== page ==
Recently, Ugandans have fallen prey to several lucrative scams and Ponzi schemes from unscrupulous people that encourage unsuspecting Ugandans to “invest” large sums of money hoping for huge returns.
The most recent including BLQ, E-Cairo, UG Football and many others which shut down after they had duped Ugandans an estimate of over Ugx 60bn according to some news outlets. This reminded me of the Monkey scheme story.
Once upon a time, a rich man from the city arrived in a village. He announced to the villagers that he would buy Monkeys for 100 each.
The villagers were very happy, after all there were hundreds of monkeys in a nearby forest. They caught the Monkeys and got them to the rich man. He bought hundreds of Monkeys and paid 100 for every Monkey the villagers gave him. They began to make a living out of getting Monkeys from the forest and selling it to the rich man.
Soon, the forest began to run out of monkeys that were easy to catch.
Sensing this, the rich man offered 200 for every monkey. The villagers were ecstatic. They went back to the forest, set up traps and caught the monkeys and got them to the rich man. The villagers began climbing trees and risking their lives to catch monkeys and get them to the rich man – who bought them all.
There were no Monkeys left in the forest!
One day, the rich man announced he would like to buy more monkeys , this time for 800 each.
The villagers couldn’t believe this. They were desperately trying to get more monkeys but they were no more.
Meanwhile, the rich man said he had to go back to the city on some business work and until he returns his manager would deal on his behalf.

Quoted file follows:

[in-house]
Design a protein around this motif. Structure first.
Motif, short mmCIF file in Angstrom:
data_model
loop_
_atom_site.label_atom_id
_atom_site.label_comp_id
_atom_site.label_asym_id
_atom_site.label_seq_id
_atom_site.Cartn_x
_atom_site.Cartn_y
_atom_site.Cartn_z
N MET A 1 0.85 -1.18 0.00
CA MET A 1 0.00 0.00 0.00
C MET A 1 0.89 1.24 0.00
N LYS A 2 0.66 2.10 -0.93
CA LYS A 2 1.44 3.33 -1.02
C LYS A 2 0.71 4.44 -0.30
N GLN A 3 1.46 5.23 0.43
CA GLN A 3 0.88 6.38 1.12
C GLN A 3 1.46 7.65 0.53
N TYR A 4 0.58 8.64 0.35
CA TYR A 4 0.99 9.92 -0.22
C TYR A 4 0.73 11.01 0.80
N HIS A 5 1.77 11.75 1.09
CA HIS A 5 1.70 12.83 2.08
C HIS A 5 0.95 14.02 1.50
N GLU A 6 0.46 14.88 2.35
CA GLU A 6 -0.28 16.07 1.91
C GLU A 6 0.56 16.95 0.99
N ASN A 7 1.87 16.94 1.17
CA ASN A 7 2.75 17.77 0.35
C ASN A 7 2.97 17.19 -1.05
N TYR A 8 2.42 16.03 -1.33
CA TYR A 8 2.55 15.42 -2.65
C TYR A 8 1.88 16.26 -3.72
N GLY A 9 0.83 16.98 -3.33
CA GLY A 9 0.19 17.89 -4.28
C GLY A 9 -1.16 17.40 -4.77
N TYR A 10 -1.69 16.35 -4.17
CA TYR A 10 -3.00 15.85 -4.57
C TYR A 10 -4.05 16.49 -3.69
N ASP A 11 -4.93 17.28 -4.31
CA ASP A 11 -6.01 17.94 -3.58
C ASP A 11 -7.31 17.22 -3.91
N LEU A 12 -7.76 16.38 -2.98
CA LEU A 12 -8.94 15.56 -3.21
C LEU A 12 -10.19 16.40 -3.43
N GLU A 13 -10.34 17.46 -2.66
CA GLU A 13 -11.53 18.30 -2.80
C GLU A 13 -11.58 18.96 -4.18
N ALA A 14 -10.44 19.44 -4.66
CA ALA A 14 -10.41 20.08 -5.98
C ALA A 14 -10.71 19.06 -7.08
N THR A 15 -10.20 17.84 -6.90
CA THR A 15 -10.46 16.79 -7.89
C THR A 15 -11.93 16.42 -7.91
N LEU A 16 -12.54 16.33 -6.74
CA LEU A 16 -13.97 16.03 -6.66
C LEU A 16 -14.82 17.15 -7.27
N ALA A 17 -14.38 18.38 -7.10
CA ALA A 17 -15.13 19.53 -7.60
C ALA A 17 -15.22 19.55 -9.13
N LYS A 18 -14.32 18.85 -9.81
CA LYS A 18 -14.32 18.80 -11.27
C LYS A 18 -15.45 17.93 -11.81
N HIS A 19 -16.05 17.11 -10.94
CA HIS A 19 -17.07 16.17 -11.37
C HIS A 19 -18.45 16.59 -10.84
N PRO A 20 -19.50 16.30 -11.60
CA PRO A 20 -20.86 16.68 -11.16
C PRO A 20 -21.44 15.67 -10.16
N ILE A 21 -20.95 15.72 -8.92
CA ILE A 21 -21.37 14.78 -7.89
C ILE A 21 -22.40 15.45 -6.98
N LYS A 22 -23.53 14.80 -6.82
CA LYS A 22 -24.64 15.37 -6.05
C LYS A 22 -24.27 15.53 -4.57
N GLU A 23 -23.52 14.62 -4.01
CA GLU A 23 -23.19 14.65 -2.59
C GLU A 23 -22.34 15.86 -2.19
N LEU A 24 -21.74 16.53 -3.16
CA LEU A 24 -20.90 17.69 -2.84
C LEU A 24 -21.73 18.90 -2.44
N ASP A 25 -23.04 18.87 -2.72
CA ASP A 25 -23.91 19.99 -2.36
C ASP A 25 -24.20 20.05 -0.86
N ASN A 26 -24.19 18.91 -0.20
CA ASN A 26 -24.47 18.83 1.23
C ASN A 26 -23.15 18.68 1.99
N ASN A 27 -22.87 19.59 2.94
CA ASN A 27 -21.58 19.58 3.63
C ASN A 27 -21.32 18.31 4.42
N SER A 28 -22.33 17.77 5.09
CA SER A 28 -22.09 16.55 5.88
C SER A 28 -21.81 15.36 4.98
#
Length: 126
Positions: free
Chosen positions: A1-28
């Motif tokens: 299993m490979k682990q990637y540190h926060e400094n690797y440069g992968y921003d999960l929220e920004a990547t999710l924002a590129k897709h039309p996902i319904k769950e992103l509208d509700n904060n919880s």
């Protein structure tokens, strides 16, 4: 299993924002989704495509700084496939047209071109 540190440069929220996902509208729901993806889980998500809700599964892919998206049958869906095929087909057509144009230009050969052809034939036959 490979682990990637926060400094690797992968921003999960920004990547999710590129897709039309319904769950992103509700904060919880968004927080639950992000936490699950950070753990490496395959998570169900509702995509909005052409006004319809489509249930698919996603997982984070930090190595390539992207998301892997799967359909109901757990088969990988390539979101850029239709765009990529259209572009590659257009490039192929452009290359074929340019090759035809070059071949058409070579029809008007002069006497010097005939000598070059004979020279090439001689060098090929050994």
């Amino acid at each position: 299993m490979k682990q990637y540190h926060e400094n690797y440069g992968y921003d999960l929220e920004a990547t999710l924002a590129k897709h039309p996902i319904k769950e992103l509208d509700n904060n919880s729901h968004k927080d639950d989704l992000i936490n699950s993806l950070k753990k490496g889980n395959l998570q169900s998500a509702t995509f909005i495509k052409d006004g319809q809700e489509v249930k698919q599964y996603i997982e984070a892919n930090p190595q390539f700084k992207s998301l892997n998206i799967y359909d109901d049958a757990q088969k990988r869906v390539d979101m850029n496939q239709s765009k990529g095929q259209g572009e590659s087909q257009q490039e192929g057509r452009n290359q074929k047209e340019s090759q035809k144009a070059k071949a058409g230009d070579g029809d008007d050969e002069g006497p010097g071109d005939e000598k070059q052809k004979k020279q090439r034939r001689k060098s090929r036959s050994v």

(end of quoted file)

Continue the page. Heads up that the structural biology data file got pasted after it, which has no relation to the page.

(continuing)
Once he left, the villagers were unhappy. They were making quick and easy money from selling monkeys, but the forest no longer had monkeys.
This is when the manager of the rich man stepped in. He made an offer the villagers could not refuse. Pointing out to all the monkeys that the rich man had caged. He told the villagers he would sell the monkeys for 500 each.
“Sell them back to the rich man at 800k each when he comes back” the manager said.
The villagers were over the moon. Buy for 500 and sell for 800 in few days. They had just found the easiest way to almost double their money. The villagers collected all their savings and even borrowed money. There were long queues and within a few hours, almost all the monkeys were sold out.
Unfortunately, their happiness did not last long, as the manager went missing the next day and the rich man never came back.
Many villagers kept the monkeys with them, hoping the rich man would come back. But soon, they lost hope and had to let the monkeys back into the forest as feeding and taking care of the noisy monkeys became extremely difficult.
BLQ, E-Cairo took this a step further by even mocking their ‘clients.’ Soon after closing shop, in one of their Telegram groups, BLQ administrators had the audacity to call their weeping clients fools and threatening to come back with another trick.
“You Ugandans thank you; you have been fooled but I am coming with another trick after this money is over,” said one of the administrators on Telegram.
This should be a lesson to all Ugandans to look before they leap and that the old adage, ‘Easy come, easy go’ isn’t just an adage.